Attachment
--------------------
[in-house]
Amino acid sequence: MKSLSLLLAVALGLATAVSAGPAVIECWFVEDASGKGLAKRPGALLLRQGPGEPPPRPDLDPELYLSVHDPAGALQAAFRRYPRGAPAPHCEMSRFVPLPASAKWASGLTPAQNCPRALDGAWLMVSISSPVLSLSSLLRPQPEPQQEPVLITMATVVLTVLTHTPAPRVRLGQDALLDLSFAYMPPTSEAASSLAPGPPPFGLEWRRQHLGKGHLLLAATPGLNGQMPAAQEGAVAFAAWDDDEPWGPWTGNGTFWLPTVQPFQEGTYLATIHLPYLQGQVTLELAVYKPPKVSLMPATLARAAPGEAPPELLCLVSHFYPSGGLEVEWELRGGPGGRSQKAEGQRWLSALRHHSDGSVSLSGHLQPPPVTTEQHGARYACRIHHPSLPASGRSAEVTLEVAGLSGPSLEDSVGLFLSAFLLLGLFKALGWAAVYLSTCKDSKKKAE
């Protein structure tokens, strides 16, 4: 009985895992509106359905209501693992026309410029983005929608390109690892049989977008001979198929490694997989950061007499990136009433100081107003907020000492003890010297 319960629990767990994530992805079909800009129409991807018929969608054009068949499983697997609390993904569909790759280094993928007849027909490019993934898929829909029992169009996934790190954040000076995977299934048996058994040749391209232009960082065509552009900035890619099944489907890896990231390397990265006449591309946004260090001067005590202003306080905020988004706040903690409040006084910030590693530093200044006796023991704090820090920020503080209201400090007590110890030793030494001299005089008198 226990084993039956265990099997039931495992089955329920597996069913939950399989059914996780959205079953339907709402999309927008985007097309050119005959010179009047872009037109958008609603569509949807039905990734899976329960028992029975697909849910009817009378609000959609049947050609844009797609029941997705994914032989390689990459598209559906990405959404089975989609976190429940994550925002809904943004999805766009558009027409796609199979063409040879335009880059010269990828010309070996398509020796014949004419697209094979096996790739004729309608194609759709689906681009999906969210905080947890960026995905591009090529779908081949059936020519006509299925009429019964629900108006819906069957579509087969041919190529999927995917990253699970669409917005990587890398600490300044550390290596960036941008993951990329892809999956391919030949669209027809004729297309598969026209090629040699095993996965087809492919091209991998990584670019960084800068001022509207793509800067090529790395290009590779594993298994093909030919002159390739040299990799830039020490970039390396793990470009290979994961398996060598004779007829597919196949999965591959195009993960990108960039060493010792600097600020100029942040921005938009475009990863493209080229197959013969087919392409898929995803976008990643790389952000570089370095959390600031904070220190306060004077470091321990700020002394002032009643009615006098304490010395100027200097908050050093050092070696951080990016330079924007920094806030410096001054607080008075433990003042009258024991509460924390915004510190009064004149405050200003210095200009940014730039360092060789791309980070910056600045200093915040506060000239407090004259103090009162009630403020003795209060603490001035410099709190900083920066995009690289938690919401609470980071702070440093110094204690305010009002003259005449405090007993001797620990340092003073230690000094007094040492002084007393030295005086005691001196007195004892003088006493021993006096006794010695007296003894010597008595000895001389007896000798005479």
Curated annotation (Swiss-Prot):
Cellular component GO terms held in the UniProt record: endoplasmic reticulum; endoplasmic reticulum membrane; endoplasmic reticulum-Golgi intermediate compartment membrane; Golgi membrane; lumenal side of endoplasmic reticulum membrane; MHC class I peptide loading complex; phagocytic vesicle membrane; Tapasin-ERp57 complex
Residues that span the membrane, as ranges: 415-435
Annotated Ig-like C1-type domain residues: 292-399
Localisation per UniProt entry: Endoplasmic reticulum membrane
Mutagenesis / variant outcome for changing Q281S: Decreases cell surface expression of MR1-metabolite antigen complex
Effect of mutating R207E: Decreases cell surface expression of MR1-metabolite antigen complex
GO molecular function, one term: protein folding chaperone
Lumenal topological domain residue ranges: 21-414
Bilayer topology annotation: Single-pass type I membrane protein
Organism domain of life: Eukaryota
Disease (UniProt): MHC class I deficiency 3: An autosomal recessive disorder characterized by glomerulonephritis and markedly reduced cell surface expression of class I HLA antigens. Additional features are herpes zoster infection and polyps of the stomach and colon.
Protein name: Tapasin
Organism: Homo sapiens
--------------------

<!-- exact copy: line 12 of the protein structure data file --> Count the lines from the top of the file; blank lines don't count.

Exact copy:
Lumenal topological domain residue ranges: 21-414